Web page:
From 16 December 2008 until 17 December 2015, the rate was at a record low of 0.25% – the lowest Fed funds rate possible. During 2018, the rate was raised three times as the Fed projects steady GDP growth for the US.
It forecasts US GDP growth of between two and three per cent, the unemployment rate, currently at 3.7%, to reach 3.5% in 2019-2020, and that there will be little inflation or deflation. A sweet spot in economic terms.
As of early November, the US had placed tariffs on goods worth USD 250bn, in addition to other trade barriers put in place for steel and aluminium. This most recent round is particularly harmful to containerised imports from China. BIMCO analyses the trade war impacts on the shipping industry and reports on it regularly.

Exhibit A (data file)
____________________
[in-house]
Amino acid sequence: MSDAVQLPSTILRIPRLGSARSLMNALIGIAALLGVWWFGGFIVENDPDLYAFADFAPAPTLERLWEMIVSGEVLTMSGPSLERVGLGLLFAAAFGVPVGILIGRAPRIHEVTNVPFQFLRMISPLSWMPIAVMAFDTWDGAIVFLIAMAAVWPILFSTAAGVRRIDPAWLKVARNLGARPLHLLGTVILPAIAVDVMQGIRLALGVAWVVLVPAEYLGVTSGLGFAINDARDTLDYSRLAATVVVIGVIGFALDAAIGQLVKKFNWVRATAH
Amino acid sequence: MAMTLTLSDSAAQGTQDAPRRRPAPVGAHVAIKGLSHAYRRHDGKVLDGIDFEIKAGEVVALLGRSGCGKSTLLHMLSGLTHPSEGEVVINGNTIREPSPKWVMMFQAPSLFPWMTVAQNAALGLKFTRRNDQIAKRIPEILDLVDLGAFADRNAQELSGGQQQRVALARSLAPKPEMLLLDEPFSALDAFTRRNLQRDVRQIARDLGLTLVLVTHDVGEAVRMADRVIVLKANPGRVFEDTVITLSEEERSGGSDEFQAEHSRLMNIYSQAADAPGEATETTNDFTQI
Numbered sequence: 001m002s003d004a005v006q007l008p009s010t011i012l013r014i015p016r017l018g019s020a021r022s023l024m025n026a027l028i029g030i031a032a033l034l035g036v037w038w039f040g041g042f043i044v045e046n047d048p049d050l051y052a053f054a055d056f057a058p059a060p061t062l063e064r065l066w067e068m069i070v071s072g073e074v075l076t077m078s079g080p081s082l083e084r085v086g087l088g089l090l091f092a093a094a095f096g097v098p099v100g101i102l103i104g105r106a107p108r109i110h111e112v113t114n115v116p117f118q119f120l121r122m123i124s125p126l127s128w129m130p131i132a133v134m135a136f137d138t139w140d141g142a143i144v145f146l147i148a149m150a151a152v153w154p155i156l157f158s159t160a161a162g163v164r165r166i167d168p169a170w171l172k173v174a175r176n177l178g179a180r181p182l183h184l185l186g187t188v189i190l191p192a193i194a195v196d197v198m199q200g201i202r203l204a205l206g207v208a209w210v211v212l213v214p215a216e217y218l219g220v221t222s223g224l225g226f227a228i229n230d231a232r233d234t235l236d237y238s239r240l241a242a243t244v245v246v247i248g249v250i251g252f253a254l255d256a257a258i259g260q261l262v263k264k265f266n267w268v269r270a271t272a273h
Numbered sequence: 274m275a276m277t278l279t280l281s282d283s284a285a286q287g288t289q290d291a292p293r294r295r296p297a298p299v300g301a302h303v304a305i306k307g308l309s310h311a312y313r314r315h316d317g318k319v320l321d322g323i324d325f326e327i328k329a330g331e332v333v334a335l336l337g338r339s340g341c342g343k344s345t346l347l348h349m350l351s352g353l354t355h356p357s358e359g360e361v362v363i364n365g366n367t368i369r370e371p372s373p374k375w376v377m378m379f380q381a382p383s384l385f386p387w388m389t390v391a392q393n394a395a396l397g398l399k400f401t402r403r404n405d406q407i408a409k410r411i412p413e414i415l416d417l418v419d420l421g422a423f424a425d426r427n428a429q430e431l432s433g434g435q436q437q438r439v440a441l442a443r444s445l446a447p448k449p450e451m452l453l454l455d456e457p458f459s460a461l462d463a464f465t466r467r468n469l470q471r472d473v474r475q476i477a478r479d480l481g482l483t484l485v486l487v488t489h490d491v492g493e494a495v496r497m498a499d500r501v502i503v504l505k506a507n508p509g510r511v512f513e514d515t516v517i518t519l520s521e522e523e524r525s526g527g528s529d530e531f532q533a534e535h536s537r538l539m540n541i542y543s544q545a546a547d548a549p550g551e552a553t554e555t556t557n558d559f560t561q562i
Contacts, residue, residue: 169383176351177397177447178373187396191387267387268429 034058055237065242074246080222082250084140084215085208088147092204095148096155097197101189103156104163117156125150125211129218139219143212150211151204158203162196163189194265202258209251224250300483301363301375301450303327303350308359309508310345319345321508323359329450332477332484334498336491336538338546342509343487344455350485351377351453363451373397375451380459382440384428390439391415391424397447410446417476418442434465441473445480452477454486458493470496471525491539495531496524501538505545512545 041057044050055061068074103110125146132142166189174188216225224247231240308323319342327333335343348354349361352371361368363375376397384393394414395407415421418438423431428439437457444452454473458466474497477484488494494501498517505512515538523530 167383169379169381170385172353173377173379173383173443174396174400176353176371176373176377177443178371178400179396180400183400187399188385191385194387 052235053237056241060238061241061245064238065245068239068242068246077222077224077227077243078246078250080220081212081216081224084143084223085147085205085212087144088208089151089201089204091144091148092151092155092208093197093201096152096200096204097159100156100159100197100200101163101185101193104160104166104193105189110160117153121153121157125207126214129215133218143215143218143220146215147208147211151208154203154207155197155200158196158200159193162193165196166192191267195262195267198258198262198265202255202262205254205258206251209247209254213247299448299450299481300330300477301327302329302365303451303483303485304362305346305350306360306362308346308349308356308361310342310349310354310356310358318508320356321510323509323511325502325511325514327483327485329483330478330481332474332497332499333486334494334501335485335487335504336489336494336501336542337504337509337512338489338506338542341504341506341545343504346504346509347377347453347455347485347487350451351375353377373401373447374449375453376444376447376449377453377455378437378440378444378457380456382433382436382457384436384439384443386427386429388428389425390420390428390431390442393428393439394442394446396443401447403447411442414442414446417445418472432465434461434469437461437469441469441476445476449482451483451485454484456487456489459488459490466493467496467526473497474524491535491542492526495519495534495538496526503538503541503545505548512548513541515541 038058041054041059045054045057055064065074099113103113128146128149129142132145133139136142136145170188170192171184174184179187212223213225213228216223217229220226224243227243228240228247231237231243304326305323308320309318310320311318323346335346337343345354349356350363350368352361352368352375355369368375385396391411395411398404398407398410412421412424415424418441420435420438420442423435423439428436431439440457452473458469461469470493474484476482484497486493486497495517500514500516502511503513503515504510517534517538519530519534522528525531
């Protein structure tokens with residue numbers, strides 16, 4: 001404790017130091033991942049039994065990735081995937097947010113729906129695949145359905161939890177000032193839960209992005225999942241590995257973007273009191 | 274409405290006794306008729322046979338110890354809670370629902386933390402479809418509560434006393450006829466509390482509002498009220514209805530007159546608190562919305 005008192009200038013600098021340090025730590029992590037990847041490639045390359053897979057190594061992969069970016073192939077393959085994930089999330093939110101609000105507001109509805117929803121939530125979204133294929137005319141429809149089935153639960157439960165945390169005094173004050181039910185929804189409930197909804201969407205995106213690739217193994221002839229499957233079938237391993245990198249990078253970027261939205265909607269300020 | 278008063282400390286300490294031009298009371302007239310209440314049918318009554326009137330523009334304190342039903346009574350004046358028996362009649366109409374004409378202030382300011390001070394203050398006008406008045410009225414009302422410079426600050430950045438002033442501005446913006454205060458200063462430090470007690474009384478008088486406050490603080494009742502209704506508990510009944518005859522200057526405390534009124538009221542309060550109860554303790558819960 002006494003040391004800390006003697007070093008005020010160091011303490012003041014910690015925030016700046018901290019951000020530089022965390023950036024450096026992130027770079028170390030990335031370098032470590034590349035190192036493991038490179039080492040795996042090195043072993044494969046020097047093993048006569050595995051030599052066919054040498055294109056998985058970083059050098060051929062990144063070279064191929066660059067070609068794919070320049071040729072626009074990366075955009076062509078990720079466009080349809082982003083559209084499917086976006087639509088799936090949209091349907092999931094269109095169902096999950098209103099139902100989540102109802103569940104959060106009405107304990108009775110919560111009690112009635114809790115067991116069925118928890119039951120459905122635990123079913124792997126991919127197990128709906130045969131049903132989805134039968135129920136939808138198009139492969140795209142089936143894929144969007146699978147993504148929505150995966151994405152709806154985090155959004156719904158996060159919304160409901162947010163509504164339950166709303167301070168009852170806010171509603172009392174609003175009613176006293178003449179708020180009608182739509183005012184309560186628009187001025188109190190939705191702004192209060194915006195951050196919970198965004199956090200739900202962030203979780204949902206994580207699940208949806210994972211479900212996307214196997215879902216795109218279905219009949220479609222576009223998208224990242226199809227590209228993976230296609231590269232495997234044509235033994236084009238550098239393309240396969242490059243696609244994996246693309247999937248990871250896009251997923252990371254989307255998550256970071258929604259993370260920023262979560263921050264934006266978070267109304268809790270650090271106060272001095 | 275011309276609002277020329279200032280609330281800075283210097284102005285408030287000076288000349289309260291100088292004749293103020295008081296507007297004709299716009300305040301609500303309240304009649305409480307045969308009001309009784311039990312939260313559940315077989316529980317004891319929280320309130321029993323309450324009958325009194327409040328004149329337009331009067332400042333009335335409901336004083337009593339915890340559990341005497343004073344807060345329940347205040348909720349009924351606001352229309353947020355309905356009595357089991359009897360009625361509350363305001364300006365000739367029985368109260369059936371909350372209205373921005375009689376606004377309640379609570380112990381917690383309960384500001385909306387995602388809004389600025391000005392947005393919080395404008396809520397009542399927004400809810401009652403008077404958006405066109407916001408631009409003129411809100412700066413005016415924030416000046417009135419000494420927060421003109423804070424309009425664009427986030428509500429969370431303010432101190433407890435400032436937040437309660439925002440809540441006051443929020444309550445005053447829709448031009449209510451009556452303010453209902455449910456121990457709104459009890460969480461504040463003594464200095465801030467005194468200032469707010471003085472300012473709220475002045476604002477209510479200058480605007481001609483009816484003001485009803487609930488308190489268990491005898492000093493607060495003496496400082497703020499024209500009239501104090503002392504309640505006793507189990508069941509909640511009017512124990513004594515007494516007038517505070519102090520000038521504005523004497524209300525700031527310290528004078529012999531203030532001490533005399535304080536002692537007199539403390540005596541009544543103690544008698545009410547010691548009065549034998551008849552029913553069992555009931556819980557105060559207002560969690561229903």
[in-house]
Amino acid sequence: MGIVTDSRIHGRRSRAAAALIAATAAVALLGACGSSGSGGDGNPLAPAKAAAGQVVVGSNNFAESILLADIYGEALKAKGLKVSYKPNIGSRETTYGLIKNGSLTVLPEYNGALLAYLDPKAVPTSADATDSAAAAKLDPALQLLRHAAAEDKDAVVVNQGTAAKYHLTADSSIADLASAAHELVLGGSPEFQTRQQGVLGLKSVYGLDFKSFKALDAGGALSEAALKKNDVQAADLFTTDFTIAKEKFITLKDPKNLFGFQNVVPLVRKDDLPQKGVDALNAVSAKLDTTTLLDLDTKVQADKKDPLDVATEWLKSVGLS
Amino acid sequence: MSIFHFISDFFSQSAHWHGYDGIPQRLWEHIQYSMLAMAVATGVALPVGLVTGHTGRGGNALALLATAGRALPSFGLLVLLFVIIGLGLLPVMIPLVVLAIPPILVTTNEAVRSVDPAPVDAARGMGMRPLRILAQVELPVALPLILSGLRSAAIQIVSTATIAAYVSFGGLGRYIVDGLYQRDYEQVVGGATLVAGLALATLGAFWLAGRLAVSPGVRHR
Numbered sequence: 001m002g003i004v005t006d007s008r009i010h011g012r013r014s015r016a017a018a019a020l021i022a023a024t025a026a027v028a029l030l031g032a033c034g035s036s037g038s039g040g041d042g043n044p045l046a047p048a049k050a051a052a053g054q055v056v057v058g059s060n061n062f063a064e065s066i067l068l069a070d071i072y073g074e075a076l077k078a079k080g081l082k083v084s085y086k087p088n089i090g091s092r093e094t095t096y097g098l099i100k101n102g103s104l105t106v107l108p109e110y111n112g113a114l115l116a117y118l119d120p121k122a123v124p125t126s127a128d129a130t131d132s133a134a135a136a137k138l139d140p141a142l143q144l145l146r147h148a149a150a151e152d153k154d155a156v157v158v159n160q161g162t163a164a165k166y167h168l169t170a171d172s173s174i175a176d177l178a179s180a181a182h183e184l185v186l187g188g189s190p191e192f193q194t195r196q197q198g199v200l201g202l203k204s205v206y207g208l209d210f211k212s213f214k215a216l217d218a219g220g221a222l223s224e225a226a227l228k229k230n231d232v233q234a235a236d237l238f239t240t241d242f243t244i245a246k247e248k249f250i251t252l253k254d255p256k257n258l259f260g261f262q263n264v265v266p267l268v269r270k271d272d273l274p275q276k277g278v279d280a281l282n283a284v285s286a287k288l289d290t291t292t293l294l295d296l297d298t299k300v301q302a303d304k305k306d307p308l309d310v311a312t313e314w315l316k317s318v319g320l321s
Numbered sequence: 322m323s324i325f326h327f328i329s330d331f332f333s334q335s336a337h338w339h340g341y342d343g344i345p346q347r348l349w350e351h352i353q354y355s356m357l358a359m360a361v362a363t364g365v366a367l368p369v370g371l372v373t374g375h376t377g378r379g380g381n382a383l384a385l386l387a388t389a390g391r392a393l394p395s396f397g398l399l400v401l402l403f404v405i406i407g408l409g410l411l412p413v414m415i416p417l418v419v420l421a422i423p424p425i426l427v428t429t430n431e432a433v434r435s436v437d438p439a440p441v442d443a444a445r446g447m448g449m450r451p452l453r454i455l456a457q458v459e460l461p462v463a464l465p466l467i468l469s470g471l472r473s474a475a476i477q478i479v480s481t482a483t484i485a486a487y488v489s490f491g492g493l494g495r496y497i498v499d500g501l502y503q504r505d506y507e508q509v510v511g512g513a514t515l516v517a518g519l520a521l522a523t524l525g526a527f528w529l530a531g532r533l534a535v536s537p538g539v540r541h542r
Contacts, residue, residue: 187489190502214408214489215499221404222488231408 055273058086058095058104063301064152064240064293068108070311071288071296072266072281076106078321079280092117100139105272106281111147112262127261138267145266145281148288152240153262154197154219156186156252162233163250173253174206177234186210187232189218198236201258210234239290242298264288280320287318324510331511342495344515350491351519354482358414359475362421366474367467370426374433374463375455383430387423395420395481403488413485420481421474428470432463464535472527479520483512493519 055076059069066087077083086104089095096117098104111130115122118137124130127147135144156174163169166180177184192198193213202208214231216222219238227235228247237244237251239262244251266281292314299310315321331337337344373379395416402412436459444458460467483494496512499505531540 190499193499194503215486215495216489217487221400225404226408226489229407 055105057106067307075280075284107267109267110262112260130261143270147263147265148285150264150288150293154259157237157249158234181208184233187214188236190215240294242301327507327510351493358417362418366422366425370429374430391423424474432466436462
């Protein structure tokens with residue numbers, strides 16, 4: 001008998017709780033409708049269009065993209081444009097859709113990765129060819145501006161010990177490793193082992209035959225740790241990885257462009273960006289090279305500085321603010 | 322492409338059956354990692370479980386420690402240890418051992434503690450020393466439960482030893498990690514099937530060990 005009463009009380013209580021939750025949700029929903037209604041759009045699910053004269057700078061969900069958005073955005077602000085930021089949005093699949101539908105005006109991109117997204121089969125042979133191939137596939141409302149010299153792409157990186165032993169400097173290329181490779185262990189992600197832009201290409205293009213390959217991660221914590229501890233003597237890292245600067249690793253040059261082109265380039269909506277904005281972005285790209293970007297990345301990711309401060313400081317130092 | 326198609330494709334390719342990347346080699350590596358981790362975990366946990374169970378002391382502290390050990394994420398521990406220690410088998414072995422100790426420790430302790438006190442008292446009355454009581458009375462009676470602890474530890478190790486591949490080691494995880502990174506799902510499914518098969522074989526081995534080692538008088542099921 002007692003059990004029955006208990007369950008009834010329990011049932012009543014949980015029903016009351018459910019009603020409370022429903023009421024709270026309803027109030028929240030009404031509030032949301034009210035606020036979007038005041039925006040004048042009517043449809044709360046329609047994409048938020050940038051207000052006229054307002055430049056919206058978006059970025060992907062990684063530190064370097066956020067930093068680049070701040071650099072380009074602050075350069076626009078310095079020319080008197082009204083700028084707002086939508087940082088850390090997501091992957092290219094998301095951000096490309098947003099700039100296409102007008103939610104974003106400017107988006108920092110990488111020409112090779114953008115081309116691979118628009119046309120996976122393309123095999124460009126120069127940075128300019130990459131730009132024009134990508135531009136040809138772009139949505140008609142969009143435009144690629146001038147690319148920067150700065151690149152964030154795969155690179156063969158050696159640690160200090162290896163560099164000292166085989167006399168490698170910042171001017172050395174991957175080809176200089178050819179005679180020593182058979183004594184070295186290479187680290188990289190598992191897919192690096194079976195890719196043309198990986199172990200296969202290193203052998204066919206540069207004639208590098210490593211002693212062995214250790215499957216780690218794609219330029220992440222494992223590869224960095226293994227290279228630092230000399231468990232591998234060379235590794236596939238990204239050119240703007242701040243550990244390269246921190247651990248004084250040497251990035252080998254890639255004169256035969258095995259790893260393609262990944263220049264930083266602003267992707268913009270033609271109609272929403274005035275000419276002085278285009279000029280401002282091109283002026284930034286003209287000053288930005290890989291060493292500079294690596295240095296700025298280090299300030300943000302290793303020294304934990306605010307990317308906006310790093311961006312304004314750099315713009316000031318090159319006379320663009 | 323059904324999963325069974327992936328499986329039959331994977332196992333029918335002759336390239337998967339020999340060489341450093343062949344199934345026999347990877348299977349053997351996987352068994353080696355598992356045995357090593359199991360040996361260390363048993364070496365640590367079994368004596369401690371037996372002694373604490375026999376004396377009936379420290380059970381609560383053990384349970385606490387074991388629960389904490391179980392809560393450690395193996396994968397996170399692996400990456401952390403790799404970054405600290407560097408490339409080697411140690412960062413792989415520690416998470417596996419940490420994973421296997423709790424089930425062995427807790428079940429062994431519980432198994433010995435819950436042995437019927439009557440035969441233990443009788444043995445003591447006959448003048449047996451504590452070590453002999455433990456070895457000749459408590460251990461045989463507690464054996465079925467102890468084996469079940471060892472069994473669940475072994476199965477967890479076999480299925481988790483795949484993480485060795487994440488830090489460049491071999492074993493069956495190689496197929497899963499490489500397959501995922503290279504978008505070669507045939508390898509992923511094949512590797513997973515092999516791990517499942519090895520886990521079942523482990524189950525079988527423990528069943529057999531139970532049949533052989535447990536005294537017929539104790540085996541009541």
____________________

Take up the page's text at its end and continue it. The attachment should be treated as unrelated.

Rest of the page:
Asia – excluding Japan and China – appears to be faring better right now than its two giants (Japan and China). But size does matter and, from a shipping perspective, we need the world’s second- and third-largest economies to do well in order to thrive.
Being entangled in a trade war with the US, China has added tariffs to goods worth USD 113bn during 2018. As opposed to the US, China seems to respond to extra tariffs by reducing imports swiftly and dramatically. This goes for imports of crude oil, soya beans and many other commodities, some of which are – and others that aren’t – an official part of the trade dispute.